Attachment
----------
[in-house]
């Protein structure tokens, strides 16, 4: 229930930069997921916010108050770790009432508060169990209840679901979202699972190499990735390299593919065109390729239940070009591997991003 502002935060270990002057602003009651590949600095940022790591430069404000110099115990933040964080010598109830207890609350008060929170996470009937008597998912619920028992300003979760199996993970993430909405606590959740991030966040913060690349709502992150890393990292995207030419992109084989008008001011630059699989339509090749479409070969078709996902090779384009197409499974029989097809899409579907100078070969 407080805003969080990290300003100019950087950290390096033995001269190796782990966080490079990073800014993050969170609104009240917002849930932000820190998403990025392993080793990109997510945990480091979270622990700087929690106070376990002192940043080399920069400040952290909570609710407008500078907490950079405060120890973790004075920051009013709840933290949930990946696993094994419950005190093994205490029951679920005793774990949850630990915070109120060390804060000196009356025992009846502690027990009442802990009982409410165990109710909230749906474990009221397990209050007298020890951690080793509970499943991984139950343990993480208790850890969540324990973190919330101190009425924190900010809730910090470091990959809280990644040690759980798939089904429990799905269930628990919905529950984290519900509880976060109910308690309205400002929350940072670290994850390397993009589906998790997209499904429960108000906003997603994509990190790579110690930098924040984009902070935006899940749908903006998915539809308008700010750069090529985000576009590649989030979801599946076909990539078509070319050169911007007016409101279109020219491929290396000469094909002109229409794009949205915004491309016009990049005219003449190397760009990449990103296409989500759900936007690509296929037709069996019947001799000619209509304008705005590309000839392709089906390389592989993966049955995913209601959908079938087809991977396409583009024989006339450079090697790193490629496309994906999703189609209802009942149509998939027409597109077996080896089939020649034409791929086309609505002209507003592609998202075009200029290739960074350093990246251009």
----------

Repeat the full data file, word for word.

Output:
[in-house]
């Protein structure tokens, strides 16, 4: 229930930069997921916010108050770790009432508060169990209840679901979202699972190499990735390299593919065109390729239940070009591997991003 502002935060270990002057602003009651590949600095940022790591430069404000110099115990933040964080010598109830207890609350008060929170996470009937008597998912619920028992300003979760199996993970993430909405606590959740991030966040913060690349709502992150890393990292995207030419992109084989008008001011630059699989339509090749479409070969078709996902090779384009197409499974029989097809899409579907100078070969 407080805003969080990290300003100019950087950290390096033995001269190796782990966080490079990073800014993050969170609104009240917002849930932000820190998403990025392993080793990109997510945990480091979270622990700087929690106070376990002192940043080399920069400040952290909570609710407008500078907490950079405060120890973790004075920051009013709840933290949930990946696993094994419950005190093994205490029951679920005793774990949850630990915070109120060390804060000196009356025992009846502690027990009442802990009982409410165990109710909230749906474990009221397990209050007298020890951690080793509970499943991984139950343990993480208790850890969540324990973190919330101190009425924190900010809730910090470091990959809280990644040690759980798939089904429990799905269930628990919905529950984290519900509880976060109910308690309205400002929350940072670290994850390397993009589906998790997209499904429960108000906003997603994509990190790579110690930098924040984009902070935006899940749908903006998915539809308008700010750069090529985000576009590649989030979801599946076909990539078509070319050169911007007016409101279109020219491929290396000469094909002109229409794009949205915004491309016009990049005219003449190397760009990449990103296409989500759900936007690509296929037709069996019947001799000619209509304008705005590309000839392709089906390389592989993966049955995913209601959908079938087809991977396409583009024989006339450079090697790193490629496309994906999703189609209802009942149509998939027409597109077996080896089939020649034409791929086309609505002209507003592609998202075009200029290739960074350093990246251009």